Videos make scale-model cars appear to be full size – The Journal

January 5, 2022 by No Comments

Jim Grace is a self-proclaimed “carthropologist.” 

A what?

According to Grace’s Linkedin page, a carthropologiste “seeks to highlight the role and significance of the automobile in our culture, lifestyle and history.”

One of those ways is a YouTube video series he’s doing on the Fisher Body Craftsman’s Guild, a national automotive design and model-building competition for teenagers that was held from 1930 to 1968. Prizes were scholarships which propelled many to careers in automotive design and engineering, as well as into other arenas.

The cars were done in 1:12 scale and typically were the result of 1,000 hours of work in design, modeling — first in clay, then in making a template so the design could be done in wood — and in painting, finish and trim work detailing. Except for the rubber tires which were supplied to the contestants, all parts were handmade, down to the hubcaps and window trim.

Several automobile museums and a concours or two have displayed the Guildsmen’s work, and Grace is calling attention to the program, it’s models and the people who created them, through his videos.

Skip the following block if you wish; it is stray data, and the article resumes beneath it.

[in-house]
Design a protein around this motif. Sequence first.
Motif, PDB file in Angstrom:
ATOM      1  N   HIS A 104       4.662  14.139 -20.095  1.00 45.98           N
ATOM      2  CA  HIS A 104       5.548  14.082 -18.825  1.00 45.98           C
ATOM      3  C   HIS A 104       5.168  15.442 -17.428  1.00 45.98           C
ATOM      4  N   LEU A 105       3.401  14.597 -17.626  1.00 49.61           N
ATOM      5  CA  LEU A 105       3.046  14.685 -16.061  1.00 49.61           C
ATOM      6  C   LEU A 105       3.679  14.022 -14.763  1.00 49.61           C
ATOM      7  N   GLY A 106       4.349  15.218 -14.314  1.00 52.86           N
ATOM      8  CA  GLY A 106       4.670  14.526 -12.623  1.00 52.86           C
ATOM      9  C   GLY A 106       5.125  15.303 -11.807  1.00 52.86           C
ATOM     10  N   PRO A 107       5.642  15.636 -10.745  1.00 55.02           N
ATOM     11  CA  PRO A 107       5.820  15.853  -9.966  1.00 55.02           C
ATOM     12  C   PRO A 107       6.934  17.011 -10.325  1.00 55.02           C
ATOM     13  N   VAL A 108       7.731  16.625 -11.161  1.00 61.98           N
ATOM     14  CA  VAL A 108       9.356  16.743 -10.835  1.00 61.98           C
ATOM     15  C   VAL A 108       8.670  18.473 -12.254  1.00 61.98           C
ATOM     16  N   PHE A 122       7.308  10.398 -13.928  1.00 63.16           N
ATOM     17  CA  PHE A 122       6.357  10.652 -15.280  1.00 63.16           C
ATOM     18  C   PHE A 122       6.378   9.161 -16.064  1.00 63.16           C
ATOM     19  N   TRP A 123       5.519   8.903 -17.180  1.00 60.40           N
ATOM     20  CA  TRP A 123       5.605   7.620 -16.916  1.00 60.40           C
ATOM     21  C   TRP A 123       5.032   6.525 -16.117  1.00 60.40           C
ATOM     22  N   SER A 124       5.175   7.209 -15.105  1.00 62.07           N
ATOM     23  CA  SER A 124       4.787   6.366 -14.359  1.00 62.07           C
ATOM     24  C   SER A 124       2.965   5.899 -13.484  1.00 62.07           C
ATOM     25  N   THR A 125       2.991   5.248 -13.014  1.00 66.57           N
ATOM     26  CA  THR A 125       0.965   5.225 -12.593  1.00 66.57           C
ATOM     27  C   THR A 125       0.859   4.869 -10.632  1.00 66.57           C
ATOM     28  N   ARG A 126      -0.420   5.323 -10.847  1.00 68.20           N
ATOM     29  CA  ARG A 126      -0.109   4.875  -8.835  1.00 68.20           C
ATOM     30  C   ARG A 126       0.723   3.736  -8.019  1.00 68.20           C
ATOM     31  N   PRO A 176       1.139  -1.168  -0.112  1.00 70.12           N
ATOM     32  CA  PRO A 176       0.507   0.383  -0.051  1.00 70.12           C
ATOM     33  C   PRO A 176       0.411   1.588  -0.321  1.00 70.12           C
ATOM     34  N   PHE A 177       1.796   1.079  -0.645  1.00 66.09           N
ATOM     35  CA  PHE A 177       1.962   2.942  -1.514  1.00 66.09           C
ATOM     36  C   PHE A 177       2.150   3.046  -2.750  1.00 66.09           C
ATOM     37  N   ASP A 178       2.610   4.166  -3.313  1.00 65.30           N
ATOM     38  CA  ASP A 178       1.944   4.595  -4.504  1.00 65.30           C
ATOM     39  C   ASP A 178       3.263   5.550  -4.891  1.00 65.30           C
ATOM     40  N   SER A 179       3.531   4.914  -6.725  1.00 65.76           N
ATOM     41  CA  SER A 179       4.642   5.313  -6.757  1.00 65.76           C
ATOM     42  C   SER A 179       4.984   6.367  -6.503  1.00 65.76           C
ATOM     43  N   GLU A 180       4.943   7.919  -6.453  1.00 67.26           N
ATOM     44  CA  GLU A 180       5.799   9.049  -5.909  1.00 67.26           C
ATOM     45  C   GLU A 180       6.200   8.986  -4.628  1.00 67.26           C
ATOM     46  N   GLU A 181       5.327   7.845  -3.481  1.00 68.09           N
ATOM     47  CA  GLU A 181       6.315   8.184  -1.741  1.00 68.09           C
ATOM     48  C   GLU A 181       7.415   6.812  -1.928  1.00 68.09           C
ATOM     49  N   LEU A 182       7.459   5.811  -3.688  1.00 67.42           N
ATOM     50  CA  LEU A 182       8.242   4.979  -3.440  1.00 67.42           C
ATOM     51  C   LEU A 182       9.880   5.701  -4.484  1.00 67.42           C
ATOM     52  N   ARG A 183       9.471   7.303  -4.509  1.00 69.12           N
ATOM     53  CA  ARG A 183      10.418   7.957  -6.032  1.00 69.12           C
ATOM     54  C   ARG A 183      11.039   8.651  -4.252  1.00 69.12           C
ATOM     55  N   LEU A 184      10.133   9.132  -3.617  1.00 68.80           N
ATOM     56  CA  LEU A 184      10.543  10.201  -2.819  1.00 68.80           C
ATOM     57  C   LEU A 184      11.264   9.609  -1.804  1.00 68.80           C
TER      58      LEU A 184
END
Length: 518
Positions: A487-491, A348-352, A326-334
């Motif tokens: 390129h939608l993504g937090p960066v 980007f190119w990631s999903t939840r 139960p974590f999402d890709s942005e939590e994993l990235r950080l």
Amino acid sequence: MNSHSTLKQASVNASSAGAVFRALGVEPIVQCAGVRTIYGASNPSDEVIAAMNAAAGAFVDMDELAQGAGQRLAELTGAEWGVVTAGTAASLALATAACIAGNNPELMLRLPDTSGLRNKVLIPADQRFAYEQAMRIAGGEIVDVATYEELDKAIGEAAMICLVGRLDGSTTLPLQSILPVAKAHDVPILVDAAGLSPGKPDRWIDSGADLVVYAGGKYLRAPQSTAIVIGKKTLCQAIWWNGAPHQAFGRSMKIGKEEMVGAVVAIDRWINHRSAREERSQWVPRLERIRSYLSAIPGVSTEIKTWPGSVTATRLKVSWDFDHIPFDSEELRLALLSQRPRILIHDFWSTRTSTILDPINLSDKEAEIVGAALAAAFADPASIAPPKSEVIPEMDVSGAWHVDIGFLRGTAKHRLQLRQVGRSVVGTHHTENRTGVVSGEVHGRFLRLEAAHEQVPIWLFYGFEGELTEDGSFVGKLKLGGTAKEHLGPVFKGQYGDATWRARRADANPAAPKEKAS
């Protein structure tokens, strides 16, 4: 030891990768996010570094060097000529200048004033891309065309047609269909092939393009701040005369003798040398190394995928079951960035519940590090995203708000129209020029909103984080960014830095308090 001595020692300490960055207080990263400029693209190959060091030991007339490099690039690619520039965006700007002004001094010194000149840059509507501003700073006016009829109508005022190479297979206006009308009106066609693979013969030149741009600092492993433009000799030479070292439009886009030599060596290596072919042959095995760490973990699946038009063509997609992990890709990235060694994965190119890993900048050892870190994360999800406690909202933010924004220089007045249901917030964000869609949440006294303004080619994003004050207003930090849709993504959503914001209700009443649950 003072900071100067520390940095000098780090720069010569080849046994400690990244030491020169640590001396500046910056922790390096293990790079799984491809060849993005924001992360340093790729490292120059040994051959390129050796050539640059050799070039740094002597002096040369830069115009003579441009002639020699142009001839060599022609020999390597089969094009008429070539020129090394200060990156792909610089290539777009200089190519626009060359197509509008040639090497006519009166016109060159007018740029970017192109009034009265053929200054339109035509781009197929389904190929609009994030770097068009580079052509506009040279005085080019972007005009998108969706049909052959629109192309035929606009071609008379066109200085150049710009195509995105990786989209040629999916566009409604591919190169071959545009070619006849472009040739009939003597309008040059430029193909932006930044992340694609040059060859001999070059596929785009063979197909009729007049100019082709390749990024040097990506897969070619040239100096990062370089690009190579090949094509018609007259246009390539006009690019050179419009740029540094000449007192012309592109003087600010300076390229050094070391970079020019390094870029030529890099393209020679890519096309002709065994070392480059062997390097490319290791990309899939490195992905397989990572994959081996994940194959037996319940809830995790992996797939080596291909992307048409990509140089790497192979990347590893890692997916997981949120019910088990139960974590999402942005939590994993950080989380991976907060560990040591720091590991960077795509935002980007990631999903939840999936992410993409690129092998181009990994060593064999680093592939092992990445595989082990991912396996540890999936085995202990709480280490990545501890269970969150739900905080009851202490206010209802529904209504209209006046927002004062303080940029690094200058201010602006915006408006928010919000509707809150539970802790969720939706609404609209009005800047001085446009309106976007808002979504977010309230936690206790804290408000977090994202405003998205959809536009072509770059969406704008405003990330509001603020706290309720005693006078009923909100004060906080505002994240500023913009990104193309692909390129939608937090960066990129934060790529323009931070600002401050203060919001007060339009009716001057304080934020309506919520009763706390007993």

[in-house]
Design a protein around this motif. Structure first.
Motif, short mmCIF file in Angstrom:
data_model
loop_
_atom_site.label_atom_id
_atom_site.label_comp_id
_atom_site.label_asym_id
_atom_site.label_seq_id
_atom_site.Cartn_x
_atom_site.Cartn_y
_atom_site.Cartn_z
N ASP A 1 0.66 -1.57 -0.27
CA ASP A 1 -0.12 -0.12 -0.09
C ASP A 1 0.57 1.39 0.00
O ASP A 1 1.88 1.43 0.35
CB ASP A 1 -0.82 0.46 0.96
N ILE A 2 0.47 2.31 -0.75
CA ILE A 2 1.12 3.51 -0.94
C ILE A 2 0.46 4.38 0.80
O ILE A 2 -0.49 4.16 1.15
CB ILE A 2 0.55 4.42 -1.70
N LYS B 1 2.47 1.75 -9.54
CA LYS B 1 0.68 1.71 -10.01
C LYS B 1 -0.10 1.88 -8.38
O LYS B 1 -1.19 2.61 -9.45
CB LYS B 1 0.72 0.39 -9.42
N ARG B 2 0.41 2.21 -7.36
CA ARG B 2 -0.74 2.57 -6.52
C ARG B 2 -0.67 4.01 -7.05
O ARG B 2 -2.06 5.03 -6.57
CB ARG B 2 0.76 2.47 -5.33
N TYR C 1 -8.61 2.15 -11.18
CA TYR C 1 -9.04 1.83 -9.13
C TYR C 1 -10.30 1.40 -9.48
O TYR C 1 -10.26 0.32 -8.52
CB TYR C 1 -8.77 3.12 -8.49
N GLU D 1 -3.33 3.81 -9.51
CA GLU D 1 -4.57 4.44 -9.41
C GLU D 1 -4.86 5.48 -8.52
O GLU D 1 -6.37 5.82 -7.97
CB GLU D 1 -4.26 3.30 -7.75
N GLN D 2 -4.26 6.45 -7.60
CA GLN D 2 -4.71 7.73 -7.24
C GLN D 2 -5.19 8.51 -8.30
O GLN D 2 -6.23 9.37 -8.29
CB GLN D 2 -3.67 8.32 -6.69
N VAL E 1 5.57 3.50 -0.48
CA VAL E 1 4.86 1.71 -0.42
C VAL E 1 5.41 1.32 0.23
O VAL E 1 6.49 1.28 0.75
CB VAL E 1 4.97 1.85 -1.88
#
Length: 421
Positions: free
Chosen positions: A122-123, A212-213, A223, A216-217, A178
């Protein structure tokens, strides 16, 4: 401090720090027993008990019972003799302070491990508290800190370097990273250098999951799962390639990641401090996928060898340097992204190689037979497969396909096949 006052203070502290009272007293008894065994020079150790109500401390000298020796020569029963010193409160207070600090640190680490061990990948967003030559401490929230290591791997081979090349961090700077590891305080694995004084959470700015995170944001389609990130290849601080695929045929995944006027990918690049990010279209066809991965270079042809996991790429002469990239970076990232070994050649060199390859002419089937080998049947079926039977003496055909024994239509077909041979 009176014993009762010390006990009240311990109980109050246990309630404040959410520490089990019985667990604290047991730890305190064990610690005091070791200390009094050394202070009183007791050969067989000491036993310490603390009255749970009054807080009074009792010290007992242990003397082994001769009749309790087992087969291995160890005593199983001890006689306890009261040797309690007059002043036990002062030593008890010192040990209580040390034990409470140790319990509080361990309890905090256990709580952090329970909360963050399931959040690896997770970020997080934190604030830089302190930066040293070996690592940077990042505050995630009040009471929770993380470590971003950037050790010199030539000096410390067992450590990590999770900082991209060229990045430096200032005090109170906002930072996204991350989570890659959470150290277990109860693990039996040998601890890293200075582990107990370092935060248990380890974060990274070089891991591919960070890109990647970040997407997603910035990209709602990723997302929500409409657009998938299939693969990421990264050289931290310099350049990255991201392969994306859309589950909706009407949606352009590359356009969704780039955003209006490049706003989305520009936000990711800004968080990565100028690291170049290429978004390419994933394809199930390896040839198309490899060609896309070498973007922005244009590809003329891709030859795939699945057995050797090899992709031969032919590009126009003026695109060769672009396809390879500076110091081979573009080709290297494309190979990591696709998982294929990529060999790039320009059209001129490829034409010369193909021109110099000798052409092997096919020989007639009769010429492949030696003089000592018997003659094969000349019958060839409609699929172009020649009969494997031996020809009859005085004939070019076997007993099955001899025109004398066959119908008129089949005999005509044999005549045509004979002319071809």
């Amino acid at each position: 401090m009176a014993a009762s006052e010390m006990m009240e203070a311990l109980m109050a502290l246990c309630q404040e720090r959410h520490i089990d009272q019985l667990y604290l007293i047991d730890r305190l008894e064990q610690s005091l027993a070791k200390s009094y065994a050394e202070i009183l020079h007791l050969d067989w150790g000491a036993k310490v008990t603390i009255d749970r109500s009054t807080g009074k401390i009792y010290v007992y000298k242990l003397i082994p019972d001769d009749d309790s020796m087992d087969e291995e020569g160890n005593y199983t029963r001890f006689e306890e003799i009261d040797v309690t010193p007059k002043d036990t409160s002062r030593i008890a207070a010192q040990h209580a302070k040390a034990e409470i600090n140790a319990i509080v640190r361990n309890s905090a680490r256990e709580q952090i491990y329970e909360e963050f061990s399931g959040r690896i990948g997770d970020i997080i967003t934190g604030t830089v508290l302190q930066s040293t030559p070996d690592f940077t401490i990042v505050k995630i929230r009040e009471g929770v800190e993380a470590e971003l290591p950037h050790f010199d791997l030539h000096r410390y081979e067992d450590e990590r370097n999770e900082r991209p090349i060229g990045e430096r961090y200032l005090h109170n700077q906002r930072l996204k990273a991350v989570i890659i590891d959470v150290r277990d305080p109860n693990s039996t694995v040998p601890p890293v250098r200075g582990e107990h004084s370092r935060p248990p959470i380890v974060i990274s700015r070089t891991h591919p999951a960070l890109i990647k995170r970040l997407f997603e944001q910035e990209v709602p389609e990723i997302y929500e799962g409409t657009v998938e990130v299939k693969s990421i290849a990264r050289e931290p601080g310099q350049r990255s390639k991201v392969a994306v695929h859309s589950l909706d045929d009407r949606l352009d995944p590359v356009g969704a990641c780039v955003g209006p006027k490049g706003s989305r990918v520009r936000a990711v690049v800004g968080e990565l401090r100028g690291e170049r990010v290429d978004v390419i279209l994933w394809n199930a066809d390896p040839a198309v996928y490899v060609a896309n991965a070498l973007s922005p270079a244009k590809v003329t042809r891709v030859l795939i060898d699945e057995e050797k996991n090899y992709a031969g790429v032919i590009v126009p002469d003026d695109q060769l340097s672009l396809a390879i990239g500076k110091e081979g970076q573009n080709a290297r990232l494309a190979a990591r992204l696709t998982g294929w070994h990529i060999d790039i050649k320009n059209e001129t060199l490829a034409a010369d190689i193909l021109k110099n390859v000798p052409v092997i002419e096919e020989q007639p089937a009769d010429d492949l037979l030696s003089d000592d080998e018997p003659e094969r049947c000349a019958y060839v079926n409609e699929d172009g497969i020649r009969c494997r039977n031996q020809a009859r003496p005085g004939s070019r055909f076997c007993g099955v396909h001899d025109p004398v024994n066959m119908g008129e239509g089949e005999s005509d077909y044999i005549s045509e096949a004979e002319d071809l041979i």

One amazing thing about the videos is how Grace has been able to use the magic of videography to make the cars appear to be full-scale vehicles. 

He posted the first video, an introduction to the contest and the cars, in the fall of 2020:

And a second in the late summer of 2021. In this one, we see how the cars were designed and created as Guildsman Tony Simone re-creates and his filmmaking daughter, Meghan, documents a car he did but did not enter in the contest. 

Why didn’t he enter the car into the competition back in 1960? Because he also was working on another entry, for which he opted to make his entry, and for which he won a national scholarship award:

Grace’s YouTube series is titled The Amazing Cars of the Fisher Body Craftsman’s Guild.



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